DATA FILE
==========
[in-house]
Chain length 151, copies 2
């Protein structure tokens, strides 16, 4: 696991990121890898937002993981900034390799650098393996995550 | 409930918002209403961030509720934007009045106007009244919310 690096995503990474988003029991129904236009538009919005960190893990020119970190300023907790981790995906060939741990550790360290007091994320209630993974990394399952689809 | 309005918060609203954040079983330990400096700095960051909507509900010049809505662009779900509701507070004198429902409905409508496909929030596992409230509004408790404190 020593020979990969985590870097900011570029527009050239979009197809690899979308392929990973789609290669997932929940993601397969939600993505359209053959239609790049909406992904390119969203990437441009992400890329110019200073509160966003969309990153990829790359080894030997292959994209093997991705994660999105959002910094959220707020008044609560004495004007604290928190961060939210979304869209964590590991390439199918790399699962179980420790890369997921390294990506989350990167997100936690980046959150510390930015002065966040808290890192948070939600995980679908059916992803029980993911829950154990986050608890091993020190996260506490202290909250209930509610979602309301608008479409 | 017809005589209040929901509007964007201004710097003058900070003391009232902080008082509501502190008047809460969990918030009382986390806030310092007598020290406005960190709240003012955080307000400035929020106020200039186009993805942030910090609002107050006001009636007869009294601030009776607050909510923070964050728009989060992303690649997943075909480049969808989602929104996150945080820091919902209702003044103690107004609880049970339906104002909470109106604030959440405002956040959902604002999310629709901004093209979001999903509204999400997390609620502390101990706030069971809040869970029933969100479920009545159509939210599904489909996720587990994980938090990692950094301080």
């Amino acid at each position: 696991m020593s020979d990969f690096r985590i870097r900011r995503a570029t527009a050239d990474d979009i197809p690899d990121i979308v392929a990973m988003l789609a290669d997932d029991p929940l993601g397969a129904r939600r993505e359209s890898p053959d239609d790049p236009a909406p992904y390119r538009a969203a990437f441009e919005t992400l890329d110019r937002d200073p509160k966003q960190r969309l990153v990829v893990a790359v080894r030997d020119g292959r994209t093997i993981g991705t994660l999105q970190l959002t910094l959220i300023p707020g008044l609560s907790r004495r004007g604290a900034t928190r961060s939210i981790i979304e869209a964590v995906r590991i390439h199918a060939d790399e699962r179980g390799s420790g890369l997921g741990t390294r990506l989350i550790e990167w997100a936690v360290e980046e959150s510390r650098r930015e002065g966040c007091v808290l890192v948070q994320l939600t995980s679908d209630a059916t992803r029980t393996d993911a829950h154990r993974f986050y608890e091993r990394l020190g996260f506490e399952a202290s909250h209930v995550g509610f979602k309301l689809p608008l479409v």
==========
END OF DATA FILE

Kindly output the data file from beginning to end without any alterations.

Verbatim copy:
[in-house]
Chain length 151, copies 2
């Protein structure tokens, strides 16, 4: 696991990121890898937002993981900034390799650098393996995550 | 409930918002209403961030509720934007009045106007009244919310 690096995503990474988003029991129904236009538009919005960190893990020119970190300023907790981790995906060939741990550790360290007091994320209630993974990394399952689809 | 309005918060609203954040079983330990400096700095960051909507509900010049809505662009779900509701507070004198429902409905409508496909929030596992409230509004408790404190 020593020979990969985590870097900011570029527009050239979009197809690899979308392929990973789609290669997932929940993601397969939600993505359209053959239609790049909406992904390119969203990437441009992400890329110019200073509160966003969309990153990829790359080894030997292959994209093997991705994660999105959002910094959220707020008044609560004495004007604290928190961060939210979304869209964590590991390439199918790399699962179980420790890369997921390294990506989350990167997100936690980046959150510390930015002065966040808290890192948070939600995980679908059916992803029980993911829950154990986050608890091993020190996260506490202290909250209930509610979602309301608008479409 | 017809005589209040929901509007964007201004710097003058900070003391009232902080008082509501502190008047809460969990918030009382986390806030310092007598020290406005960190709240003012955080307000400035929020106020200039186009993805942030910090609002107050006001009636007869009294601030009776607050909510923070964050728009989060992303690649997943075909480049969808989602929104996150945080820091919902209702003044103690107004609880049970339906104002909470109106604030959440405002956040959902604002999310629709901004093209979001999903509204999400997390609620502390101990706030069971809040869970029933969100479920009545159509939210599904489909996720587990994980938090990692950094301080």
């Amino acid at each position: 696991m020593s020979d990969f690096r985590i870097r900011r995503a570029t527009a050239d990474d979009i197809p690899d990121i979308v392929a990973m988003l789609a290669d997932d029991p929940l993601g397969a129904r939600r993505e359209s890898p053959d239609d790049p236009a909406p992904y390119r538009a969203a990437f441009e919005t992400l890329d110019r937002d200073p509160k966003q960190r969309l990153v990829v893990a790359v080894r030997d020119g292959r994209t093997i993981g991705t994660l999105q970190l959002t910094l959220i300023p707020g008044l609560s907790r004495r004007g604290a900034t928190r961060s939210i981790i979304e869209a964590v995906r590991i390439h199918a060939d790399e699962r179980g390799s420790g890369l997921g741990t390294r990506l989350i550790e990167w997100a936690v360290e980046e959150s510390r650098r930015e002065g966040c007091v808290l890192v948070q994320l939600t995980s679908d209630a059916t992803r029980t393996d993911a829950h154990r993974f986050y608890e091993r990394l020190g996260f506490e399952a202290s909250h209930v995550g509610f979602k309301l689809p608008l479409v």